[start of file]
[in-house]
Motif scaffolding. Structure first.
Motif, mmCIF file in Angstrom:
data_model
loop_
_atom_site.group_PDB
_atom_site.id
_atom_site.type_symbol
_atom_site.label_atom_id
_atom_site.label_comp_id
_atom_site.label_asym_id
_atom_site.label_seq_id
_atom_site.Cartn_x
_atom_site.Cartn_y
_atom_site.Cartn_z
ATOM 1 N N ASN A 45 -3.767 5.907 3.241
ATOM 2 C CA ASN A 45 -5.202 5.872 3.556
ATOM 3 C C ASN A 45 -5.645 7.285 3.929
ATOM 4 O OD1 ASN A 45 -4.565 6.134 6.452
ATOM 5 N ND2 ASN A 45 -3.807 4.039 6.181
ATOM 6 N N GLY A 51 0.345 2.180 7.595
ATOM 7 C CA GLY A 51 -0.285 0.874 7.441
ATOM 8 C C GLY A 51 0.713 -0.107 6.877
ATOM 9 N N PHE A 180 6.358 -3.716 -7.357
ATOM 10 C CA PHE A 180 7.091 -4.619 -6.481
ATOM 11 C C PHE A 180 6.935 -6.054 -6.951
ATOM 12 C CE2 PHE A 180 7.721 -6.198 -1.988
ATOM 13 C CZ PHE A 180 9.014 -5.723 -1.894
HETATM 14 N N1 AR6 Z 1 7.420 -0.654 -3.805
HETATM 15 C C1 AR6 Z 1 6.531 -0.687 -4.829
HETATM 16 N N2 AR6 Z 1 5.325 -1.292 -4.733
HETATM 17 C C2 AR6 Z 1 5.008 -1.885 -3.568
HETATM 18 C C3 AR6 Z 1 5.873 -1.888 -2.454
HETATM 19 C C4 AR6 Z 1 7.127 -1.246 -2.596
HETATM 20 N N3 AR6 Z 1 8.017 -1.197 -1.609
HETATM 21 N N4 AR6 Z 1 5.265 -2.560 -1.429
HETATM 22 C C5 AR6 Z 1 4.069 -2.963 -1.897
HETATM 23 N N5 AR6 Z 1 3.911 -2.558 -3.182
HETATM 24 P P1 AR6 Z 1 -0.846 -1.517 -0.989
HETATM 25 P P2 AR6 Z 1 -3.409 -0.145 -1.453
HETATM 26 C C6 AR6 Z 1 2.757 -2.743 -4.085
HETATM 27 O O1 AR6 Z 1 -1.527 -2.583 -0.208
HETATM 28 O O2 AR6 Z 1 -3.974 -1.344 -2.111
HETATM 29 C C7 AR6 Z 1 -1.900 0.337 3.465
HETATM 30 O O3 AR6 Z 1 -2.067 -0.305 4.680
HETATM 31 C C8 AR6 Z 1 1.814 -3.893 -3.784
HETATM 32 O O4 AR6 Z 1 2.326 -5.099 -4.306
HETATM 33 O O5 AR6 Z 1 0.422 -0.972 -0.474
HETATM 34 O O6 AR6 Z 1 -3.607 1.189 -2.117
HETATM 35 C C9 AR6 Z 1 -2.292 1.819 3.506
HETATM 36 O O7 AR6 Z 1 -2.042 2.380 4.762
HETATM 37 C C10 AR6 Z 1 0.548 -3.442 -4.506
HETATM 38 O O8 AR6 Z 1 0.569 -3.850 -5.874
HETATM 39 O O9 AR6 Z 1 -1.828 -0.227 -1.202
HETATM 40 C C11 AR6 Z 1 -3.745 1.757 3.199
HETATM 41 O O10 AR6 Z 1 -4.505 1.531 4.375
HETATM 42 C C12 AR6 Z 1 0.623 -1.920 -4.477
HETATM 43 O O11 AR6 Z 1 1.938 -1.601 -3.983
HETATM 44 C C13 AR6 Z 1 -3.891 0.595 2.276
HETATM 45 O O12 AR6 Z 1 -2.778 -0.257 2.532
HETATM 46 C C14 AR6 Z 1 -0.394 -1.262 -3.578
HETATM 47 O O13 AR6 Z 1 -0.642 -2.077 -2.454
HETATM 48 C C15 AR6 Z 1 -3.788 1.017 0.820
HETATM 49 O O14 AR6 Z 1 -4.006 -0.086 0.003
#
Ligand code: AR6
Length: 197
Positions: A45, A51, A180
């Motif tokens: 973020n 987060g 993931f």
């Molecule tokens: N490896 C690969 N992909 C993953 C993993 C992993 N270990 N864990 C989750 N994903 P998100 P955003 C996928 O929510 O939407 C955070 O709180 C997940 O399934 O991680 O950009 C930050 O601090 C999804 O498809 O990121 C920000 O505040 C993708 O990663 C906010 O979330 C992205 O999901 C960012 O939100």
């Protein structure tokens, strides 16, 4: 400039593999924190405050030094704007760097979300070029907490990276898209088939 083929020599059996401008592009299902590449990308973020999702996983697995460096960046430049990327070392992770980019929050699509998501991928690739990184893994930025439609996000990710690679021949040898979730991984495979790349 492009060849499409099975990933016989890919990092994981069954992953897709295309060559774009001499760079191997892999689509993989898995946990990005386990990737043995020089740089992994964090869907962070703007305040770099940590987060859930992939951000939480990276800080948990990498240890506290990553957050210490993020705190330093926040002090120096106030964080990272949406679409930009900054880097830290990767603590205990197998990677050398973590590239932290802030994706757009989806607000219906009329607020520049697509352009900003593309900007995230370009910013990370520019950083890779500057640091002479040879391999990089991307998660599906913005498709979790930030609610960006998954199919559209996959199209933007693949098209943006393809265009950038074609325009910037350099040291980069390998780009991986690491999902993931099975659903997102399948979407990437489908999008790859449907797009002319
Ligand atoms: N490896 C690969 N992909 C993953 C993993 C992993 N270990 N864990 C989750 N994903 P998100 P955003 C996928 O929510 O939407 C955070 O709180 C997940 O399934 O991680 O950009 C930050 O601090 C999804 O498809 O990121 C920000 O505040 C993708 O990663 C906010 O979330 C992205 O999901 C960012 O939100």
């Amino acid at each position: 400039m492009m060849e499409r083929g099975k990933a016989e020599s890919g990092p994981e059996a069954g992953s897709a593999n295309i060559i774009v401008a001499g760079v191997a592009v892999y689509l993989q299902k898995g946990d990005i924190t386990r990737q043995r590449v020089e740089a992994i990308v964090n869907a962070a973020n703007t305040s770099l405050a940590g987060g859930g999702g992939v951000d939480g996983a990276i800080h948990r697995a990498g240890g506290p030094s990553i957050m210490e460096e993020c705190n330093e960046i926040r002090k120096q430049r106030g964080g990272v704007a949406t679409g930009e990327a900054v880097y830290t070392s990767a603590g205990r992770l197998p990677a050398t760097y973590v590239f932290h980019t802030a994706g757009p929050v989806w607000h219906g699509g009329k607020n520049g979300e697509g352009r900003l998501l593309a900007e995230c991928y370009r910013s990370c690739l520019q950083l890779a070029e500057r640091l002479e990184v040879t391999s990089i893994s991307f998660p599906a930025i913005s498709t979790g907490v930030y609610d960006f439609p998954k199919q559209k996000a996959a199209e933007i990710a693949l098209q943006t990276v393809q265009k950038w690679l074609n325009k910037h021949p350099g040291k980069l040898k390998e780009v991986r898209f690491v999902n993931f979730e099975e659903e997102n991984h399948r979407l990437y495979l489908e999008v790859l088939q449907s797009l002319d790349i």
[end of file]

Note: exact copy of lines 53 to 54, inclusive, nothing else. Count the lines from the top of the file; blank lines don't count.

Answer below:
HETATM 38 O O8 AR6 Z 1 0.569 -3.850 -5.874
HETATM 39 O O9 AR6 Z 1 -1.828 -0.227 -1.202